Cape Town Stories 5

I’m parking the car in town, I get out the car, my afro jiggling and bouncing and all, the parking attendant says to me „yoh, white people have a lot of hair!“. I’m thoroughly confused, like „am I white?“. She’s like „Are you not white?“. I’m like, „uhm, no, I don’t think so. I’m black…?“ She’s like „You look white“ she takes another glance and reconsiders: „but your teeth look Zulu.“ Yoh, Mzansi, you confuse me on the daily!

Cape Town Stories 4

I went to the public swimming pool with a friend and his little nephew. A day filled with sun and fun but also a valuable life lesson. I learned that day from the nine-year-old how to make new friends. Pretty simple really. Just walk up to (or jump into pool next to) a person whose face you like and ask: „can I play with you?“. The answer, I was assured, is always yes.

Cape Town Stories 3

I’m at a fish shop at the harbour, want to order some slap chips and deep fried fish. But before I get a chance to order, one of the ladies working there walks up to me to tell me that I am not allowed to be in there looking „like that“. I look down at my basic black jeans and black top and back up at the scene; tables covered in plastic table cloths, dirty floor tiles and people eating their food off of colourful plastic plates. I ask her if she is joking. She points at a sign on the wall that reads that guns are not tolerated inside the fish shop, which I get, and that men may not be barechested. I point out that I am neither a man, nor is my chest bare, it is my back that is uncovered. She says it’s the same.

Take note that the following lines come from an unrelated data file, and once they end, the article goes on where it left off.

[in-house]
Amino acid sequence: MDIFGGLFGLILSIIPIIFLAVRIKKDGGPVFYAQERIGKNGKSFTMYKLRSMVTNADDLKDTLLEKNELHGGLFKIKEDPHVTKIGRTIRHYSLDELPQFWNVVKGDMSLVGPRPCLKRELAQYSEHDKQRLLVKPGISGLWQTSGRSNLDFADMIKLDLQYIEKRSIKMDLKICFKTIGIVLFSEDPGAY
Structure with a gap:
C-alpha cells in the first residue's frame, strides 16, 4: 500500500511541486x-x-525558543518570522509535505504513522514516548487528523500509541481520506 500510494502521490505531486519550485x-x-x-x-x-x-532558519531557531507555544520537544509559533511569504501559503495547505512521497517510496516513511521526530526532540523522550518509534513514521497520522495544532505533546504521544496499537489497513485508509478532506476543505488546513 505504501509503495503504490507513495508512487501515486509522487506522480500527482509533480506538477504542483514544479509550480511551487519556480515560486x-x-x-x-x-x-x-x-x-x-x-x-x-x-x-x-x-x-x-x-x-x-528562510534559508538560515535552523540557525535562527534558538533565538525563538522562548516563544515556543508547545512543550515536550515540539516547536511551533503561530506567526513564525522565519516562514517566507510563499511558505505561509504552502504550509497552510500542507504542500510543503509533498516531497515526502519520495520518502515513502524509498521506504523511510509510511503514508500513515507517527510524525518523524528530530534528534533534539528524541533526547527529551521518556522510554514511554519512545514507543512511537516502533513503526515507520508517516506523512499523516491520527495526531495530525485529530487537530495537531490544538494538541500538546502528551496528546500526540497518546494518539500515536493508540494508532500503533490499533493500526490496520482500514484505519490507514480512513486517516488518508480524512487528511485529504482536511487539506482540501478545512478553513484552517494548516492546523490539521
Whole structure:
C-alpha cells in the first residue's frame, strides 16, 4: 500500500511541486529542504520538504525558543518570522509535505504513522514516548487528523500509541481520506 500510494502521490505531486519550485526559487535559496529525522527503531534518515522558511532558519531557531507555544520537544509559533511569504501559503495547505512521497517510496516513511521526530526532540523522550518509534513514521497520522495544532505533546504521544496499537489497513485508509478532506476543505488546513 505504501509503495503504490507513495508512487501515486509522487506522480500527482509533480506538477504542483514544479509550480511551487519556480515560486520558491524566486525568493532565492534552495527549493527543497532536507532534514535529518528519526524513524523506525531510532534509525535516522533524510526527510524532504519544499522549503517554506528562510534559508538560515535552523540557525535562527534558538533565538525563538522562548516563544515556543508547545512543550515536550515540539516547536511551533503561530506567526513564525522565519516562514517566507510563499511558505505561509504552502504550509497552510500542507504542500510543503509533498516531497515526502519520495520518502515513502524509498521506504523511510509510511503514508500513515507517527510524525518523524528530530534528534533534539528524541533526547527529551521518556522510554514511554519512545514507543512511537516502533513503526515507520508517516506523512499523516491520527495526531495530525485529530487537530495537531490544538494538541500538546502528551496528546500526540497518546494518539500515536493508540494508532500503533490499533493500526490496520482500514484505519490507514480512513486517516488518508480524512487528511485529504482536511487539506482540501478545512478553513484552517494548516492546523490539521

Cape Town Stories 1

I’m in a cute little Berlin-looking cafe in the more gentrified upper part of Woodstock. In comes a (white) woman with her dog; while she orders her latte, the pug (is it a pug? small, face not made to breath) runs around the cafe frantically, as though feeling nervous or out of place in this cafe made for human hipsters. The pug comes to a stop underneath my chair, I pull up my legs out of reflex, when it leaves this position to find another one, another patron points out the dog poep it has left behind: placed neatly underneath my chair. Next, the (black) waiter is cleaning up the dog poep while the lady is too busy calming down her „sweety“, telling it not to feel embarrassed about its little mishap, as it „happens to everyone sometimes“. I feel like she should stop lying at her dog.